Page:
UK's High Court found the rushed Data Retention and Investigatory Powers Act (DRIPA) to be illegal under the European Convention on Human Rights and EU Charter of Fundamental Rights, both of which require respect for private and family life, as well as protection of personal data in the case of the latter.
DRIPA was challenged by two members of Parliament (MPs), Labor's Tom Watson and the Conservative David Davis, who argued that the surveillance of communications wasn't limited to serious crimes, that individual notices for data collection were kept secret, and that no provision existed to protect those who need professional confidentiality, such as lawyers and journalists.
DRIPA was pushed through in three days last year after the European Court of Justice ruled that the EU data retention powers were disproportionate, which invalidated the previous data retention law in the UK.
The UK High Court also ruled that sections 1 and 2 of DRIPA were unlawful based on the fact that they fail to provide precise policies to ensure that data is only accessed for the purpose of investigating serious crimes. Another major point against DRIPA was that it didn't require judicial approval, which could limit access to only the data that is strictly necessary for investigations.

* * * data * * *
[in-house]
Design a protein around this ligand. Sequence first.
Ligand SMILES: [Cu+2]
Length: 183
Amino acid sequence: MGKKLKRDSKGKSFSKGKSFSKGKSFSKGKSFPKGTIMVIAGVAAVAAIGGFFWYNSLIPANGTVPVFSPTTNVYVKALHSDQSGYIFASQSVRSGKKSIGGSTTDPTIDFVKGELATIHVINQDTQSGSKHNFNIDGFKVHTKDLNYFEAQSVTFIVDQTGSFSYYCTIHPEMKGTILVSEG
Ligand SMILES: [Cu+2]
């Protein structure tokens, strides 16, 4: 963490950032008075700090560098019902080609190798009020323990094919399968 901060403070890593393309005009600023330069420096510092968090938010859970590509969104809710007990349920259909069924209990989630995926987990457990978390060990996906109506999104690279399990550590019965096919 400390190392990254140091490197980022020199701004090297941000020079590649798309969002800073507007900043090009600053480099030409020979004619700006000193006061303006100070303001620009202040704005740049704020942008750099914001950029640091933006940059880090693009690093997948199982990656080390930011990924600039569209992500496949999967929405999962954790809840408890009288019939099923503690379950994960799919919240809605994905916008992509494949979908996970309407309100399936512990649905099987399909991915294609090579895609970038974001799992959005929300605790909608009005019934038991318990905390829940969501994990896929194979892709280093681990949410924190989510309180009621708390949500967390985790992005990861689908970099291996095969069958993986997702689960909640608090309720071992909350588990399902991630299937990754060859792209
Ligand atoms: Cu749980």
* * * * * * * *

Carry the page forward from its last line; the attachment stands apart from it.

DRIPA passed in only three days, but the Court allowed it to continue for another nine months, to give the UK government enough time to draft new legislation. Although this almost doubles the time in which this law will exist, it might be better in the long term, as it gives the members of Parliament enough time to debate its successor, without having to rush yet another law fearing that the government's surveillance powers will expire.
This court ruling arrived at the right time, as the UK government is currently preparing the draft for the Investigative Powers Bill (also called Snooper's Charter by many), which further expands the government's surveillance powers and may even request encryption backdoors. It also joins other recent reviews of the government's surveillance laws that called for much stricter oversight done by judges rather than the government's own members.
"Campaigners, MPs across the political spectrum, the Government's own reviewer of terrorism legislation are all calling for judicial oversight and clearer safeguards," said James Welch, Legal Director for Liberty, a human rights organization.
The High Court has now added its voice, ruling key provisions of DRIPA unlawful. Now is the time for the Home Secretary to commit publicly to surveillance conducted with proper respect for privacy, democracy and the rule of law – not plough on with more of the same," he added.